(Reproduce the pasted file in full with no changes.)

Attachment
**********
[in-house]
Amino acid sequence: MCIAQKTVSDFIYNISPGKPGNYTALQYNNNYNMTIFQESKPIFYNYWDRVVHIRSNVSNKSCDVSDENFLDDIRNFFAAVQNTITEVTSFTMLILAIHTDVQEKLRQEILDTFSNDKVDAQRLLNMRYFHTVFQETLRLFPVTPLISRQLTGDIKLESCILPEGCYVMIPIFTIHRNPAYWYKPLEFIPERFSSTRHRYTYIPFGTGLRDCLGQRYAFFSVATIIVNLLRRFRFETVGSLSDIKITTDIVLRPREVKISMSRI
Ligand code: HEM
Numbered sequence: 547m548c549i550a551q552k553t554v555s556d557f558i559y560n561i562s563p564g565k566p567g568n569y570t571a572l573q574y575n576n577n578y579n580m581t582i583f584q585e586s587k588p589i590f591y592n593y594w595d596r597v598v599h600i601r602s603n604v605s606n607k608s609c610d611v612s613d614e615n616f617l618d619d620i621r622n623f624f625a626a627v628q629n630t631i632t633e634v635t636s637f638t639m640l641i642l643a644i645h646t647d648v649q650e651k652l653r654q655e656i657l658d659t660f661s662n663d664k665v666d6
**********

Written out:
[in-house]
Amino acid sequence: MCIAQKTVSDFIYNISPGKPGNYTALQYNNNYNMTIFQESKPIFYNYWDRVVHIRSNVSNKSCDVSDENFLDDIRNFFAAVQNTITEVTSFTMLILAIHTDVQEKLRQEILDTFSNDKVDAQRLLNMRYFHTVFQETLRLFPVTPLISRQLTGDIKLESCILPEGCYVMIPIFTIHRNPAYWYKPLEFIPERFSSTRHRYTYIPFGTGLRDCLGQRYAFFSVATIIVNLLRRFRFETVGSLSDIKITTDIVLRPREVKISMSRI
Ligand code: HEM
Numbered sequence: 547m548c549i550a551q552k553t554v555s556d557f558i559y560n561i562s563p564g565k566p567g568n569y570t571a572l573q574y575n576n577n578y579n580m581t582i583f584q585e586s587k588p589i590f591y592n593y594w595d596r597v598v599h600i601r602s603n604v605s606n607k608s609c610d611v612s613d614e615n616f617l618d619d620i621r622n623f624f625a626a627v628q629n630t631i632t633e634v635t636s637f638t639m640l641i642l643a644i645h646t647d648v649q650e651k652l653r654q655e656i657l658d659t660f661s662n663d664k665v666d6